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TMatch: Client/Therapist Matching
Based on Client Neuroticism

Short Restatement of Matching Recommendations

Neuroticism (N) measures emotional instability and distress, anxiety, and insecurity. The recommendations are that the higher the N, the more therapy should emphasize longer term therapy that focuses on depth instead of symptom relief, and the less therapy should tend toward using psychopharmacology.

Client Assessments

Clients were assessed on the five domains of Neuroticism, Extraversion, Openness, Agreeableness, and Conscientiousness using the NEO Five Factor Inventory, as described in the introduction page to matching using 5-factor personality theory.

Therapist Assessment: Longer Term Emphasis

The assessment for long-term emphasis of therapy was made with a combination of two questions relating to therapy complexity, one question directly related to therapy depth, and a section of direct questions asking therapist about their preference for length of therapy. The questions about complexity were added because it was assumed that complex therapy would require more time. This Long-Term Emphasis questionnaire was used for several different purposes in TMatch.

Therapist Assessment: Symptom Relief Versus Depth

The assessment of therapists' emphasis on symptom relief (emphasis on external behavior or changing symptoms) versus their emphasis on depth (emphasis on insight, self-knowledge, self-understanding, and awareness) was made through how therapists answered a questionnaire that asked them to order and rate 7 different possible ways of helping clients (the Help-Ways questionnaire), and through two additional questions:

  1. How much does your therapy focus on alleviation of symptoms, vs. on depth (underlying causes of problems)?
  2. To what degree do either of these descriptions describe your therapy? (Straightforward, practical, symptom-focused, educational, and supportive vs. Provocative, imaginative, involves novel thinking and experiences, focuses on self-exploration and discovery, and/or involves paradigm shifts).

Therapist Assessment: Emphasis on Not Using Psychopharmacology

This assessment was made with one question, with a range of answers from 1 to 7: What is your feeling about using psychopharmacology (medication) in conjunction with your therapy? (1 = Medications are usually useful, and should probably be tried for most clients with serious problems, 7 = Medications should be used very sparingly, and only tried in the most extreme cases, or after most other methods have been unsuccessful).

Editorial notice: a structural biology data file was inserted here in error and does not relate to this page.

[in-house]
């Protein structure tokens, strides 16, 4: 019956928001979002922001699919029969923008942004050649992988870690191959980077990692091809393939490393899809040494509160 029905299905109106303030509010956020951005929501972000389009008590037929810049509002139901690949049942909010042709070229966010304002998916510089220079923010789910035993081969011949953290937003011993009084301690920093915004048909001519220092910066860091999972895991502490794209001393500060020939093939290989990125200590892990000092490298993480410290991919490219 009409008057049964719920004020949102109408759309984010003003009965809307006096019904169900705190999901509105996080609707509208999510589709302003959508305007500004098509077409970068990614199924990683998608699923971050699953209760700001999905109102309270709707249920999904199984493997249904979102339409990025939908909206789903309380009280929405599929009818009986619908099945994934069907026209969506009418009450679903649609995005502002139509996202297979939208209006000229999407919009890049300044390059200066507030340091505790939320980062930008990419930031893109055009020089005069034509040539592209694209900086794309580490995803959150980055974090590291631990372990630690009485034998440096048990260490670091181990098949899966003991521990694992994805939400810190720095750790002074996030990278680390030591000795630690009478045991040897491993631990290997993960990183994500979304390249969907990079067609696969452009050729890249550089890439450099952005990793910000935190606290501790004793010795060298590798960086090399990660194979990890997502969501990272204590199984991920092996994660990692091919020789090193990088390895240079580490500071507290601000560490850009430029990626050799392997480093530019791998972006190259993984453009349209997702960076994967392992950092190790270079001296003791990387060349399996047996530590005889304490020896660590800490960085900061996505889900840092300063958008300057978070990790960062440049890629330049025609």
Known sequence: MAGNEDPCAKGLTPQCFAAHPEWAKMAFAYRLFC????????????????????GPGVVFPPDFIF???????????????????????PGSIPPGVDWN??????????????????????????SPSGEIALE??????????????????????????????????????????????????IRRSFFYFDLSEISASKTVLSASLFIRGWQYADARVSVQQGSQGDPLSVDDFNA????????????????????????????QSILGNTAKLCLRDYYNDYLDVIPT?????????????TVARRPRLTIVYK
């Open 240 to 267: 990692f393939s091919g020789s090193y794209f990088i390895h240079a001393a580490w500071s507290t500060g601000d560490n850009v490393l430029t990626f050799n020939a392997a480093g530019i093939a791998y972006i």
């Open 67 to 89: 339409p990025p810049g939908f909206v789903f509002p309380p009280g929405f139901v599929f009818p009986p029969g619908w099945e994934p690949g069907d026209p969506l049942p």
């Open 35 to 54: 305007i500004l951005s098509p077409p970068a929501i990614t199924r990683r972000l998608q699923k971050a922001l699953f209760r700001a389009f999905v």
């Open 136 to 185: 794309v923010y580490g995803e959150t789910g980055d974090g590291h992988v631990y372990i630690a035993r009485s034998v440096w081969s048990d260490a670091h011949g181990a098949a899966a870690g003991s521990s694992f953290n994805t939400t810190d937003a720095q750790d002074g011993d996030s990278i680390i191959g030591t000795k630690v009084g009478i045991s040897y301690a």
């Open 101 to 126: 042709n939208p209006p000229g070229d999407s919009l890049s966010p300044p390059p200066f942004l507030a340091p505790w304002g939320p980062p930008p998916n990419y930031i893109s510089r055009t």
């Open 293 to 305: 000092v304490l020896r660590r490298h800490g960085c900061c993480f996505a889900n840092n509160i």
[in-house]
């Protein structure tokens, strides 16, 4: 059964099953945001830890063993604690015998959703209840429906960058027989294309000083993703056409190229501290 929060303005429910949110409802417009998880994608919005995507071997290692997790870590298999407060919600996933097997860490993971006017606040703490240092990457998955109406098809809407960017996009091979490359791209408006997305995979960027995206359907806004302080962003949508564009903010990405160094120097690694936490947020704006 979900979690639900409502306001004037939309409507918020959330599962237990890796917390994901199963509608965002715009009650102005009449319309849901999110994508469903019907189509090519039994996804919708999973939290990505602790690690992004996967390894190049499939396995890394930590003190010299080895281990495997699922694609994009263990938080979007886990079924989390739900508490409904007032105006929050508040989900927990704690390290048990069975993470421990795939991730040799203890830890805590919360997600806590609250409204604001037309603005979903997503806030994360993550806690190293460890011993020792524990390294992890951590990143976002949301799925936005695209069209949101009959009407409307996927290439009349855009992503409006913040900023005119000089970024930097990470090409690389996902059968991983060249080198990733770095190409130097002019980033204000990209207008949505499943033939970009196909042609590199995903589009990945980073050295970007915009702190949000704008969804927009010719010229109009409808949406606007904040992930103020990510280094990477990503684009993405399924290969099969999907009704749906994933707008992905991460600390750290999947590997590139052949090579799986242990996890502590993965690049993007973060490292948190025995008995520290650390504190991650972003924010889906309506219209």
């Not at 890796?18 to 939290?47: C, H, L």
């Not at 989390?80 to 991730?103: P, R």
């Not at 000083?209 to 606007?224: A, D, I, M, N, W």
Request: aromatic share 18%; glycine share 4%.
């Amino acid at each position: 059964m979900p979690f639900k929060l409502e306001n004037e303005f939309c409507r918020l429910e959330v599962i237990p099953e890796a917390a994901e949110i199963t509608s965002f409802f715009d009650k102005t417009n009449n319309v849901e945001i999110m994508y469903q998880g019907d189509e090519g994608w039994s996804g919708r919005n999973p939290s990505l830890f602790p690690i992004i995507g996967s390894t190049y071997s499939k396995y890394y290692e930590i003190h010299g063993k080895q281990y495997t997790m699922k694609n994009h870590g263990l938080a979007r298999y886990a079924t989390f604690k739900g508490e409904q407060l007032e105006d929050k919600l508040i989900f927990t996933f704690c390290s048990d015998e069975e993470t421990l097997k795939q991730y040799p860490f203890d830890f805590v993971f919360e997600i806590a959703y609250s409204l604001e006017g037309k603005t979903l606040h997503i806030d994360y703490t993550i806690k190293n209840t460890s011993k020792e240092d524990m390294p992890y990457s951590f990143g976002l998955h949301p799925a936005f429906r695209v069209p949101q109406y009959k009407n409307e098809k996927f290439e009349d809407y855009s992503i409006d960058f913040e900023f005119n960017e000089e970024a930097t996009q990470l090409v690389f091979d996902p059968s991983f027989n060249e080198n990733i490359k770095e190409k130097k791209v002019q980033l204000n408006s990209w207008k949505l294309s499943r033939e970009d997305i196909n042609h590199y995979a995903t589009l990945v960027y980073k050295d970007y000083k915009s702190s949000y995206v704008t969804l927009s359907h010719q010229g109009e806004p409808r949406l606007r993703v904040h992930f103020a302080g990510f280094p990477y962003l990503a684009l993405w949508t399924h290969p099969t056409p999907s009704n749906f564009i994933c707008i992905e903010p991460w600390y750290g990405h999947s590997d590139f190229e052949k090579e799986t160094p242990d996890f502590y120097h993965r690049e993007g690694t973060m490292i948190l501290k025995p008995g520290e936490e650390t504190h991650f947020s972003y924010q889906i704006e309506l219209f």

Future Use of Neuroticism for Matching

Results of Study: Client Assessment

For all clients in the study, including pilot testers, on a scale of 1-5, the mean for Neuroticism was 3.42, with sd = 0.79. This is rather high, with a rather small standard deviation, but not unexpected in a population interested in or seeking psychotherapy. However, if the range of clients seeking therapy on N is very small, then N doesn't have great utility for differentiating among them for matching purposes.

Results of Study: Therapist Assessment of Longer Term Emphasis

This assessment seemed to work quite well. For this first version of TMatch, this rating had a possible range of -18 (shorter term emphasis) to +18 (longer term emphasis). For all therapists, the mean was 3.32 with sd = 7.10. Thus almost all answers were between -4 and +10. This seems to accurately reflect the position of the therapists who took the questionnaire, who tended to be psychodynamic or use other systems interested in more depth therapy (e.g., existential therapists).

Results of Study: Therapist Assessment of Symptom Relief Versus Depth

Although this was only a first preliminary version of TMatch, this particular assessment did seem to be valid, with psychodynamic therapists being rated toward the insight (depth) direction, and cognitive therapists being rated toward the symptoms direction. It is unlikely that this same assessment will be used in the future, but at least this first version of TMatch has shown that therapists can be usefully differentiated on this dimensions.

Results of Study: Therapist Assessment of Use of Psychopharmacology

Almost all therapists answered slightly in the direction of a tendency to use medications, which seems to reflect the current feeling in society in general. This assessment appears to have accurately determined therapists' opinions on the use of medication, especially since the question was so direct and clear.

Results of Study: Matching Success

These matching recommendations were complete failures. As a matter of fact, it seems that the reverse of the matching suggestions would work better. There was evidence that clients with higher N wanted more emphasis on symptoms, more practical advice, and more emphasis on shorter term therapy, and the opposite for clients with low N. In addition, indications were that clients seeking psychotherapy would tend to be high on N, making this not useful for differentiating clients.

The Next Step for Matching Based on Neuroticism

In my opinion, based on my study, the treatment matching recommendations in the literature for 5-Factor Neuroticism should not be used for client-therapist matching